The bill — which Gray and the Council asked for this spring (because Congress has exclusive control over changing Washington’s Home Rule Charter) — would cut to as few as 70, from 114, the number of days between a vacancy and a special election. If Gray were to leave office, Phil Mendelson would act as mayor until a special election — which, under the new rules,  could happen on Election Day if Gray quit by Aug. 28. Mendelson has been acting council chairman since the middle of June, when that office’s previous occupant, Kwame Brown, was forced out after admitting to bank fraud. Under current law, the special election for council chairman had to be put off until November.

HAPPY BIRTHDAY: Today, Rob Bishop (61), who’s got an easy road to a sixth term in Utah. Tomorrow, fellow House Republican Tom Latham of Iowa (64), whose path past Democrat Leonard Boswell in one of the five member-vs.-member elections Nov. 6 looks easier now that he’s reported $2.1 million in current cash on hand — four times what’s in his opponent’s account.

— David Hawkings, editor

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More congressional campaign coverage is on Roll Call’s At the Races politics blog.

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Thursday, July 12, 2012

CQ Roll Call Daily Briefing: Inaction Jackson

CQ Roll Call Daily Briefing

Thursday, July 12, 2012

Today In Washington

THE SENATE: Convened at 9:30 and remains at an impasse over whether to have any test votes on the future of the Bush tax cuts before going home for the weekend. Instead, it’s likely Reid will force another test vote this afternoon on the small-business payroll tax measure that’s officially the pending business — and the whole debate will be postponed because 60 senators won’t vote to keep it going.

Republicans had wanted a roll call on whether to extend all the Bush-era provisions for another year, and Reid is confident he would find 51 votes against that idea. He’s also confident he could muster a simple majority in favor of the president’s call to raise taxes in January on income above $250,000. (He’s likely to lose the support of Claire McCaskill, John Tester, Joe Manchin, Joe Lieberman and Ben Nelson on both votes.) But the Democrats have insisted on buying time to decide how the Obama-style proposal should address the estate tax, AMT and dividend tax.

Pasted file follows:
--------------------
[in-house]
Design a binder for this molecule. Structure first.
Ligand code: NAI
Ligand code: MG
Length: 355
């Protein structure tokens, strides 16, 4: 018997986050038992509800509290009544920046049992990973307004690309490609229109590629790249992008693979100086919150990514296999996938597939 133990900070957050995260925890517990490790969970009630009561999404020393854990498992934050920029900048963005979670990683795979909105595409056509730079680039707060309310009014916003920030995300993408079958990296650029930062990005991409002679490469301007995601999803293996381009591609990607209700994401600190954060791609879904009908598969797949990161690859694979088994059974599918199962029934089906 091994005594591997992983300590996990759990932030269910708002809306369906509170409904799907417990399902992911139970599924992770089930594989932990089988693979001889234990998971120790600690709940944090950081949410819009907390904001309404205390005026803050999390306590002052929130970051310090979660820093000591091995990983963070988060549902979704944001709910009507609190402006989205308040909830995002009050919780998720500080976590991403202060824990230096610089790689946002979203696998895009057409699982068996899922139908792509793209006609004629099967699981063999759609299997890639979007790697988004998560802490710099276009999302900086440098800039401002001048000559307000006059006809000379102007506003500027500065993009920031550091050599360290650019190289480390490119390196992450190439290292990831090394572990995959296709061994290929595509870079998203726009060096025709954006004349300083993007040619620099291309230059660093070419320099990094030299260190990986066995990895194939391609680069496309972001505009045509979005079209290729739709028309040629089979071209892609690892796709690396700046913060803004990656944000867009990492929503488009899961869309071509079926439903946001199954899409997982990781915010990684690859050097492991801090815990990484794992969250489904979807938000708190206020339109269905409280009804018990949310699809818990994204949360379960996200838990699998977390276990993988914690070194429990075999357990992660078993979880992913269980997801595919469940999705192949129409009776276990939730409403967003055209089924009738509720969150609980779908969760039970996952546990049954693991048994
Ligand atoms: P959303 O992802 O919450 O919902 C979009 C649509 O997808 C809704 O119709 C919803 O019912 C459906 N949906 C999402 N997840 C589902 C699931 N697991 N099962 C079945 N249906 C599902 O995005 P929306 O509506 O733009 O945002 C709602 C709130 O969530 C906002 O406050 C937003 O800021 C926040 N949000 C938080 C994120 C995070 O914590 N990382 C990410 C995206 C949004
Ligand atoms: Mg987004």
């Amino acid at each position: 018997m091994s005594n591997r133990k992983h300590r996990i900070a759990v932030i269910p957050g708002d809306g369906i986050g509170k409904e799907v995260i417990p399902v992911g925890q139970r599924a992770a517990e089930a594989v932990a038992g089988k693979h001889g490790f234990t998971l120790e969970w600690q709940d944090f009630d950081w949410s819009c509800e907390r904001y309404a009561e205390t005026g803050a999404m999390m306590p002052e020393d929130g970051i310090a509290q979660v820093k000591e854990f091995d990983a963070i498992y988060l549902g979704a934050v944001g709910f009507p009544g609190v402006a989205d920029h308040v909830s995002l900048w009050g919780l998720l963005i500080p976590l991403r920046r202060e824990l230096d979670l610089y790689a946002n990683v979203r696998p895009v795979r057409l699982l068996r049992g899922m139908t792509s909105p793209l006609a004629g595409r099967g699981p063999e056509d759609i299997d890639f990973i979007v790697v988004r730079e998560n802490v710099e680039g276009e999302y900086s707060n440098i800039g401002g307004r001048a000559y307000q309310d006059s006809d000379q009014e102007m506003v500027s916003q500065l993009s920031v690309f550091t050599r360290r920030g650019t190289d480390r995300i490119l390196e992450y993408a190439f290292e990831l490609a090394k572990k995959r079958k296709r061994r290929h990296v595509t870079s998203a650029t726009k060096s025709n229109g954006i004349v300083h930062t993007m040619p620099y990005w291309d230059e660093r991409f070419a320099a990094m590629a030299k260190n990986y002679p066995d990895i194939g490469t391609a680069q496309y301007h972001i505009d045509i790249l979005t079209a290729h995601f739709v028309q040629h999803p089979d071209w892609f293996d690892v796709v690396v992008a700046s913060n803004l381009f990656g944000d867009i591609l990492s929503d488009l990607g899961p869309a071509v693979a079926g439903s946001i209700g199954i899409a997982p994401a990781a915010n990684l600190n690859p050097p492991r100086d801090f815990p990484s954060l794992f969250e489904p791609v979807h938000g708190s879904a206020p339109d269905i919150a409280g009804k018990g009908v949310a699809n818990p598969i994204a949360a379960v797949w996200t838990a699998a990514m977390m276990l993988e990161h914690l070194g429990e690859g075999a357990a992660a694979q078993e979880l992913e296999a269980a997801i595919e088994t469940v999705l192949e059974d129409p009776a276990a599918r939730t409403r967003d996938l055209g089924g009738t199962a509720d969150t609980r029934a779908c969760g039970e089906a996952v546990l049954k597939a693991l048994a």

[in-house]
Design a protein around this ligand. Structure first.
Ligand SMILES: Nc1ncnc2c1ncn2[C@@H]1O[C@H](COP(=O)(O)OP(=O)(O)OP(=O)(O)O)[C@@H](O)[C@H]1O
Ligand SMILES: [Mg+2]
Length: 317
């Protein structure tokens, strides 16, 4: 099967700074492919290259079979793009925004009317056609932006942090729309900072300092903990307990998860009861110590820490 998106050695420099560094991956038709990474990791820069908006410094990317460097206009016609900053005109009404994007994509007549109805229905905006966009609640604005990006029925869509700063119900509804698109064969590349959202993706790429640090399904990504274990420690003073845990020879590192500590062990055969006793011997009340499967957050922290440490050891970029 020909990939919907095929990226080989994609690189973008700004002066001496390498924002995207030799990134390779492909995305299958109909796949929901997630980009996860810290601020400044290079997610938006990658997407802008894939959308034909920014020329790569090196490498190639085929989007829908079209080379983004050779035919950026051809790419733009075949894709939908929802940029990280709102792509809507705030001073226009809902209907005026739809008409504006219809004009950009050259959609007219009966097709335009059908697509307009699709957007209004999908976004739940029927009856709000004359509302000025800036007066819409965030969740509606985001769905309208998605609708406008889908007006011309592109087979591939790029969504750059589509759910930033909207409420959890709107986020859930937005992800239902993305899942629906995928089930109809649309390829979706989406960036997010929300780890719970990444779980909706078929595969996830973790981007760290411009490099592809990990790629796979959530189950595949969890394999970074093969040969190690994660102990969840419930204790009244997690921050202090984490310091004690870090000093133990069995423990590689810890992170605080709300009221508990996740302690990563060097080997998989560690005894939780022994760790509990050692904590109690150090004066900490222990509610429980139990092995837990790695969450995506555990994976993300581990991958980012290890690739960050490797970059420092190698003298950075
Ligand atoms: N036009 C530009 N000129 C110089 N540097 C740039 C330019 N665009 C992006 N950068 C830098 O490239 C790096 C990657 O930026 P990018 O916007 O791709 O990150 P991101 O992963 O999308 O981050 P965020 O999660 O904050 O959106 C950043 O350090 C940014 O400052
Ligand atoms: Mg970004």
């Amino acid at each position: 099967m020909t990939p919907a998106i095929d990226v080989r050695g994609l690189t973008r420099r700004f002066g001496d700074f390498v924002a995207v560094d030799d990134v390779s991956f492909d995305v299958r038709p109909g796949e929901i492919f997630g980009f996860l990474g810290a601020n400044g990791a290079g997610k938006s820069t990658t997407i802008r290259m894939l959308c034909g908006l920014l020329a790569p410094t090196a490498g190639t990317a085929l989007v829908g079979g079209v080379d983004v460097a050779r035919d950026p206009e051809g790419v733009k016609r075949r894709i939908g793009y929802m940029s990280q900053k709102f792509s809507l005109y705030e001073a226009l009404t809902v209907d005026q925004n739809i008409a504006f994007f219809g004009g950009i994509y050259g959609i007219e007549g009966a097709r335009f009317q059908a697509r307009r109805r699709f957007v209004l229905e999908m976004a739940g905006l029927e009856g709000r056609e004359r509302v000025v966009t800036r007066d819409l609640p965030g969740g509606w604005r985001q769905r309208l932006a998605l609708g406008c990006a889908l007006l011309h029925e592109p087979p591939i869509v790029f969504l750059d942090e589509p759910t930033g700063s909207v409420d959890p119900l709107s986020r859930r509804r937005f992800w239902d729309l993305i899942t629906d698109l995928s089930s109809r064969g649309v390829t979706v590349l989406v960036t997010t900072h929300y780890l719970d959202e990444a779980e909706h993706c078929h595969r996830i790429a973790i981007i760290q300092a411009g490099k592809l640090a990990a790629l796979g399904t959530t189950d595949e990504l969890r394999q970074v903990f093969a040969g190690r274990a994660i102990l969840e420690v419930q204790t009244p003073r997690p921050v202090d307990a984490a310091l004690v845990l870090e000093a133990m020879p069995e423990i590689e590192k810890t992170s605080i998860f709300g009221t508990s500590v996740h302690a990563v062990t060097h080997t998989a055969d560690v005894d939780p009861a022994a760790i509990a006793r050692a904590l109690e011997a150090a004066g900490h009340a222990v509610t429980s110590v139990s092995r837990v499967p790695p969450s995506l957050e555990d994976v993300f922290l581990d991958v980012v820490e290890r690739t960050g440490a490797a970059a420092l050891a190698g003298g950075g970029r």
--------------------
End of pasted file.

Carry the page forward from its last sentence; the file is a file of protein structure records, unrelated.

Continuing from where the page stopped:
THE HOUSE: Convened at 9 and will be done for the week within the hour, after passing legislation to streamline the permitting process for mining on federal land. Republicans say the regulations are too cumbersome, crimp the industry’s global competitiveness and hold back job creation. Democrats — who are sure to put a full stop on the bill in the Senate — say deregulation would needlessly threaten the environment.  

THE WHITE HOUSE: Obama has nothing on his public schedule other than his daily intelligence briefing.

THE CHALLENGER: Romney is expecting a $2 million haul from a dinner tonight at Dick and Lynne Cheney’s house in Jackson Hole and a reception beforehand at Teton Pines, Wyoming’s premier golf club.

THE SAME, BUT DIFFERENT: The mysterious travails of Jesse Jackson Jr. are going to be filling a disproportionate amount of airtime in Washington for the next few days, for two reasons: The summer is more or less bereft of any meaningful legislative news out of the Capitol that might take the story’s place, and the congressman’s own office has done a classically poor job of managing whatever the real story is.

In those ways, the situation is strikingly similar to last summer’s capital obsession with Anthony Weiner. But there appears (at least at the moment) to be a singular difference: The 47-year-old congressman from Queens who wanted to be mayor or senator was subjected to ridicule and forced into the political wilderness because of a puerile lack of self-discipline about his sexuality and his comical new-media way of trying to advance his reputation as a player. The 47-year-old congressman from Chicago who wanted to be mayor or senator, on the other hand, is said to be so genuinely ill (with a “mood disorder” is all his office said last night, other than to deny he’s being treated for drug or alcohol abuse) that he’s been hospitalized for as long as a month. And he’s also facing ethical and legal problems (stemming from his campaign to get appointed to Obama’s Senate seat) far more consequential than anything his former Democratic colleague got in trouble for.